Keppel added that he ‘sent a photograph of it [the Buddha] to General Knollys’, who was Treasurer and Comptroller of the Household of the Prince of Wales. This was most likely the photograph by Moore. It is reasonable to deduce that Keppel had commissioned Moore to take the photograph, as a record, and in order to send to Sir Francis Knollys, as Knollys was involved in planning the gardens at Sandringham House. Unfortunately Keppel’s covering correspondence with Knollys and this particular print of Moore’s photograph are unlikely to have survived, as Knollys destroyed many of his papers relating to the Prince of Wales, for fear of scandal.
The ‘Laughing Buddha’ (Budai) is an incarnation of the Maitreya in a specific guise. The big belly of the Bodhisattva represents ‘a number of Chinese life-ideals’ – a genial, prosperous, well-fed, spiritually contented being, happy in his own body and surrounded by his gamboling children. For the Royals, the ‘Chinese Joss’ is said to have been referred to by the affectionate nickname ‘John Chinaman’ or ‘Mr Chinaman’. James Pope-Hennessy wrote that the Princesses Elizabeth (later Queen Elizabeth II) and Margaret, when children, called him ‘Laughy’ or ‘Goddy’. Their mother wrote in a letter to King George V in 1924 that she hoped that ‘the little yellow Chinaman is bringing the luck he is supposed to’.
As for visitors to Sandringham House, the Buddha is something of a dislocated, gaudy curiosity. Helen Cathcart described the divinity as ‘blandly-smiling’; James Pope-Hennessy likened his ‘lascivious smirk’ to the face of the Russian premier Nikita Khrushchev; Mike Biles found its ‘unpleasant little smirk’ ‘slightly creepy’; to Elle Seymour, the sculpture is a ‘happy chappy’.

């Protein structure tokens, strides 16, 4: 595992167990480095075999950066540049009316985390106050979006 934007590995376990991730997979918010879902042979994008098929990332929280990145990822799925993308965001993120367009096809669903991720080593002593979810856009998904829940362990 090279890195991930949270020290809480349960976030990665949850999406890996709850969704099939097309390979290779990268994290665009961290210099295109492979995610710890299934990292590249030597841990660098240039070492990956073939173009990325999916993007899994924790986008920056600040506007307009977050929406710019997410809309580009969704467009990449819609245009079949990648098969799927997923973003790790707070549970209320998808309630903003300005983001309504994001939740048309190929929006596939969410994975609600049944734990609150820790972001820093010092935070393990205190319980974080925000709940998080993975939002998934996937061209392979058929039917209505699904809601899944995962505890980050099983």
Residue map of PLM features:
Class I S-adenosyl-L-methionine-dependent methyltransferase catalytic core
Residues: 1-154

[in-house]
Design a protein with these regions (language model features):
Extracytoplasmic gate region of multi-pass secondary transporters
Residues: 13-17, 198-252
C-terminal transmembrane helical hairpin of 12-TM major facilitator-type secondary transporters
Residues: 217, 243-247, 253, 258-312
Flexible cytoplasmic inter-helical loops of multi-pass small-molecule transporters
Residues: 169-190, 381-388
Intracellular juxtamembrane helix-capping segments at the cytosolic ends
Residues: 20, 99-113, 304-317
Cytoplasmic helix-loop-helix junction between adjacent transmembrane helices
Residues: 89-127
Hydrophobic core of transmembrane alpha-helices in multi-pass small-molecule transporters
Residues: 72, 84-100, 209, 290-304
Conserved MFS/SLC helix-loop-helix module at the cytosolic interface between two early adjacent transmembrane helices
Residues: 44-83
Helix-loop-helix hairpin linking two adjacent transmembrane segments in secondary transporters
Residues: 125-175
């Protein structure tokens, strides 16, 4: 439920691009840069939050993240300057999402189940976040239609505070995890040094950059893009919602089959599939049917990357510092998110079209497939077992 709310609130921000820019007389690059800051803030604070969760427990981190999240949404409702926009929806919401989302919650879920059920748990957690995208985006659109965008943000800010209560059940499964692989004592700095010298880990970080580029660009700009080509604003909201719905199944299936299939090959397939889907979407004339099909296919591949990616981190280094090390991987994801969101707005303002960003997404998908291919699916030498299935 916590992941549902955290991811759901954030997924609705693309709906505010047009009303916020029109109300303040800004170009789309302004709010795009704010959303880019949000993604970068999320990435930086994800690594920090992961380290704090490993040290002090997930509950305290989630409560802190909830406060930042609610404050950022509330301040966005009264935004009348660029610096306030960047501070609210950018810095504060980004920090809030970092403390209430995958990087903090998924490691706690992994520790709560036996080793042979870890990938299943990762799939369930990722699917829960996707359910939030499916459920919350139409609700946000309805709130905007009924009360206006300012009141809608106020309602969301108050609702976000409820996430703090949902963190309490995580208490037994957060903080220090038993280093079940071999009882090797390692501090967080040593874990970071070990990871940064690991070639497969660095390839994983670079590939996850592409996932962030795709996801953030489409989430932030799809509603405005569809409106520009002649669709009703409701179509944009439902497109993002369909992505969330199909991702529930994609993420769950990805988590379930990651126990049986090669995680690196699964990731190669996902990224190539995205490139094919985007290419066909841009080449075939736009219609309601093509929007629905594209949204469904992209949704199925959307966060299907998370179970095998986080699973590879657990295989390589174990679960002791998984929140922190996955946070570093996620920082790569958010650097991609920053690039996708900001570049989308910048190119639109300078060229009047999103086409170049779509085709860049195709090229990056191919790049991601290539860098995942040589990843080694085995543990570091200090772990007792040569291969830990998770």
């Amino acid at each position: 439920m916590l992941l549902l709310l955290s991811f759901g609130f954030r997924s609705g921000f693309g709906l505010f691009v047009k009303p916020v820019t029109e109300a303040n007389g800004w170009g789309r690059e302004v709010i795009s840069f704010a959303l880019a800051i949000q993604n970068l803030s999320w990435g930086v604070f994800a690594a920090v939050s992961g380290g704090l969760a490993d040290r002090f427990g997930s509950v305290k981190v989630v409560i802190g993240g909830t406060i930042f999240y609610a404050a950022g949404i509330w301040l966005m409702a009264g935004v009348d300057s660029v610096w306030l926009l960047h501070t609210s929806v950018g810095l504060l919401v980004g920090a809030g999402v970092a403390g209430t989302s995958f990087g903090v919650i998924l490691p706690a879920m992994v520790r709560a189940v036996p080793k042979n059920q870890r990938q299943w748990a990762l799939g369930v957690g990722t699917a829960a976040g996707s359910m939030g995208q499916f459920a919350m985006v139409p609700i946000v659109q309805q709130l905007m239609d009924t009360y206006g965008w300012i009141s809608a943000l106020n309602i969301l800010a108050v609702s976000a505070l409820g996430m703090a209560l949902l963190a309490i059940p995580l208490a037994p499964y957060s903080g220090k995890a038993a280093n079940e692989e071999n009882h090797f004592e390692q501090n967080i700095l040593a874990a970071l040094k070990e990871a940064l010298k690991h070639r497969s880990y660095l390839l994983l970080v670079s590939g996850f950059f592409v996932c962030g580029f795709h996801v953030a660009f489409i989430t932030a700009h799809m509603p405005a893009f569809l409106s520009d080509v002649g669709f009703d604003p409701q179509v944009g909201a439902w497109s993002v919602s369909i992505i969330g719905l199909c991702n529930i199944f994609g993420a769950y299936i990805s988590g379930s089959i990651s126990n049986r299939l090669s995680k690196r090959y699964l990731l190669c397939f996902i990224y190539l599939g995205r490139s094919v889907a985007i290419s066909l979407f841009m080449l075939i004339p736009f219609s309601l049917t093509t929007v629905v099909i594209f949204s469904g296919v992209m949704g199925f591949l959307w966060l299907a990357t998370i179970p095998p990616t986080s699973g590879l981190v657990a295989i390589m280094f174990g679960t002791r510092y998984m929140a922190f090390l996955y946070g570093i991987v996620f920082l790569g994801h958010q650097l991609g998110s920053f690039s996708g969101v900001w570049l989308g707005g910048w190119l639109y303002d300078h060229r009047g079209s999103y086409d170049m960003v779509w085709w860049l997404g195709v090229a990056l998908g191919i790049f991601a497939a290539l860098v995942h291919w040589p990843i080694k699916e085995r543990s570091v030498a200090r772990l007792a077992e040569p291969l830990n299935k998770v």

The gilded bronze Maitreya Bodhisattva, now bereft of its ‘pagoda’ shelter, still graces the gardens of Sandringham House, fully exposed to the elements, stained, scratched, and gently corroding. The artwork is recorded as having been made in 1690 by Yen-Ling-Yin and Ling-Sun, Buddhist priests/foundry workers. The representation of the deity was found to have many Chinese coins inside it, presumed to be the offerings of the faithful at some long-forgotten place of worship. Whether one considers the seventeenth century Laughing Buddha as an ‘extraordinarily fine’ historical work of art, or as a holy object, is it fitting that it is today a sad and neglected garden ornament?
 Li Weiwen, in correspondence with the photohistorian Terry Bennett, had noted that the bronze statue of the Buddha with its Tibetan style coronet, was on a wooden pedestal (see the carpentry joins at the corners), i.e., not made of either stone or bronze. This suggested that the Buddha was outdoors temporarily. The building behind it was not a temple/monastery, nor an ordinary house, rather it was built in a high-status style. Li Weiwen further observed variations in the brickwork, indicating new construction added to old. As the British Legation in Beijing was previously a prince’s palace and was much augmented by the British, Li proposed that the Legation could well be the exact location. Many thanks to Terry Bennett for sharing images from his collection with me.
 As well as the print in Moore’s album at the Irish Jesuit Archive (fig. 2), there’s another one in ‘Bibianne’s album’ (the album Moore’s wife, Bibianne Yii Moore, gave to Hester Hart) and also, in addition to the hand-coloured print (fig.1), there’s an uncoloured print in Terry Bennet’s Collection in amongst a set of known Moore photographs.
 The Chronicle & Directory for China, Japan & The Philippines, for the Year 1869 (Hong Kong: Daily Press, 1869).
 Kenneth K.S. Ch’en, Buddhism in China: A Historical Survey (Princeton: Princeton University Press, 1964), pp. 405-408. Many thanks to Professor Rupert Gethin for this reference.
 Mentioned in William Shawcross, Counting One’s Blessings: Duchess of York: The Selected Letters of Queen Elizabeth the Queen Mother (London: Macmillan, 2013).
 Letter from Queen Elizabeth, the Queen Mother to George V, 14 January 1924, quoted in William Shawcross, Counting One’s Blessings: Duchess of York: The Selected Letters of Queen Elizabeth the Queen Mother.
 Helen Cathcart, Sandringham: The Story of a Royal Home (London: W.H. Allen, 1964), p. 95; James Pope-Hennessy (ed. Hugo Vickers), The Quest for Queen Mary, p. 89; Mike Biles, ‘A Bit about Britain’; Elle Seymour, The Royal’s Smuggled House Warming Gift at Sandringham (2022).
 Helen Cathcart, Sandringham, p. 96.